#5000 Tweets: What’s that Done for Me?

tweetstats

I started experimenting with Twitter on March 6, 2007 (I am @davidleeking on Twitter), and I have just posted my 5000th tweet! What’s that gotten me, exactly? Actually quite a few things, including friends, connections to people, and some actual work, too.

First for some normal stat type things. Right now, I have:

  • 3198 followers
  • been included on 250 lists (mostly on librarian, kansas, rockstar, and social media lists)
  • created 4 lists of my own (that 20 people follow)
  • compiled a huge list of favorites
  • Also compiled 417 DMs that I need to delete but haven’t yet – most are other Twitter followers, saying something like “thanks for the follow, please click here” :-) But some are more relevant, like working out details of conferences I helped plan or some more personal conversations that didn’t need to be broadcast.

But how about those connections? Twitter isn’t about stats – it’s all about connecting with people. How has that looked over those 5000 tweets?

I have made some new friends through Twitter, and have kept up connections to people that I’ve met once or twice (like @shelitwits or @ifroggy).

Twitter has also given me connections to some smart “popular” people that I follow elsewhere, and normally wouldn’t have direct access to. People like Chris Brogan, Beth Kanter, and Kathy Sierra. They sometimes reply to my tweets – and in this way, Twitter has leveled out the playing field a bit. For the most part, people I want to talk to are a reply away.

I am also connected to lots of friends and colleagues, librarians, local friends and acquaintances, and other people sharing my love of social media tools.

That “actual work” thing. I have done real work that is connected to Twitter. Work that includes:

  • Overseeing three work-related Twitter accounts
  • Creating some goals for our primary library twitter account
  • I have written and spoken about Twitter. I have given at least three presentations on Twitter, and have written about Twitter in my book and in more than one magazine article.
  • When I have a work-related question? I sometimes go to Twitter first, and get quick, useful responses within minutes.
  • I use Twitter at conferences for discussion, committee planning, and (of course) dinner planning!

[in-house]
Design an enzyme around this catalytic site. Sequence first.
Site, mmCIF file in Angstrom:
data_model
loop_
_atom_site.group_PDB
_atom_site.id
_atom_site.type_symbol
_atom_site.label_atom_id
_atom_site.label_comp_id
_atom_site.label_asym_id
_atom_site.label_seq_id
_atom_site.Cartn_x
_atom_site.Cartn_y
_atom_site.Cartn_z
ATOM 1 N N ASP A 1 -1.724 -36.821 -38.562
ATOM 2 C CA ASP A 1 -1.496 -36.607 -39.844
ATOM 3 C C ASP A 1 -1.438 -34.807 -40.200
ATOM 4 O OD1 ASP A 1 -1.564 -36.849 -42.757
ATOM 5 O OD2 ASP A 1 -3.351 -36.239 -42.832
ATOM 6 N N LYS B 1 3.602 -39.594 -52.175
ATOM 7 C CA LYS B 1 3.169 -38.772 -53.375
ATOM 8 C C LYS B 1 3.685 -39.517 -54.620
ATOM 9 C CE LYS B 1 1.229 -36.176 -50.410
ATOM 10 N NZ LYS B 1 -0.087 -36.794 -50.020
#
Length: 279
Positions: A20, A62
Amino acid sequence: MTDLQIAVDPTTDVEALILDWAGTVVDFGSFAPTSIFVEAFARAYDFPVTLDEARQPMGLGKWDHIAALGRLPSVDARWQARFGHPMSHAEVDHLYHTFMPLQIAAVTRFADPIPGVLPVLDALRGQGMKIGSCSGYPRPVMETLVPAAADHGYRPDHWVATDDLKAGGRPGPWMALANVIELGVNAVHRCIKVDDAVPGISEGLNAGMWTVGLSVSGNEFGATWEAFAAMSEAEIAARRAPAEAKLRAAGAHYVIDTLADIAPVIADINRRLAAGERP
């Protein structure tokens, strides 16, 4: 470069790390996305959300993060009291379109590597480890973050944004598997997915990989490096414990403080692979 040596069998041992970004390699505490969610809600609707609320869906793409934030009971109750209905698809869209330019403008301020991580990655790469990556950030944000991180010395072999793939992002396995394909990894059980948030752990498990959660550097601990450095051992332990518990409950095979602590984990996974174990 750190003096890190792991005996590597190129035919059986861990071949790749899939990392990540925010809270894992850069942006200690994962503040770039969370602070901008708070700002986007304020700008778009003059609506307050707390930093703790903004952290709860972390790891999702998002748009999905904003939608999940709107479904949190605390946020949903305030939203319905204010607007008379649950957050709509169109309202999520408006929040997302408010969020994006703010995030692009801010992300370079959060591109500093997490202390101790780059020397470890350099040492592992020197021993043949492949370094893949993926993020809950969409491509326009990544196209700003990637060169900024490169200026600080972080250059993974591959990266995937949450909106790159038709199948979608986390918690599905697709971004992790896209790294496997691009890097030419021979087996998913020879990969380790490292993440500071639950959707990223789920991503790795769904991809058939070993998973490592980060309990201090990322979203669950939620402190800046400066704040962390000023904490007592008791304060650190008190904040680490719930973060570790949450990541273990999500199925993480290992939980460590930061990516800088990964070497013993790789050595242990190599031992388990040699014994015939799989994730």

• Remember when my library went through that book challenge last year? I tweeted the public meetings, and even “Twitter trended.”

Other general silliness, from TweetStats:

  • I generally tweet in the mornings and late afternoons
  • I tweeted the most during the library’s book challenge about 1 year ago
  • I average 6.1 tweets a day
  • I use Tweetdeck a lot
  • I have had 21 twooshes (a 140-character tweet, according to Tweetstats)!

So … looking back, has it been a useful 5000 tweets? I think so. I have made some friends via twitter. I have talked to people about projects, worked through ALA stuff, and shared things that interested me. I have shared jokes, sent links to my blog posts … and had fun.

p.s. – did you know that people tweet about their 5000th tweet? I sure didn’t… !

Twitter wordle screenshot

www.wordle.net

Purdue Adds Twitter & Facebook Participation to Classes

Found this at Mashable – “Students at Purdue University are experimenting with a new application developed at the school called Hotseat that integrates Facebook, Twitter, and text messaging to help students “backchannel” during class.”

I’ve certainly seen some good uses of status updates during conferences, from discussions about a presenter’s content, to asking questions of other people in multiple committees during an ALA Annual conference, to … yes … planning for lunch with friends.

But this could be a pretty useful tool – from the simple “what did he say again” types of questions, to thinking “out loud” about content …

Cool project! It will be an interesting one to watch, to be sure.

IL2009: Micro Interactions, Conversations, and Customers

My part of this session is above… I introduced the concept and talked about the variety of interactions available using social networks.

Up next was Amy Kearns and Julie Strange, talking about: Tweet What? 5 sweet ways to connect in 140 characters or less. Notes below: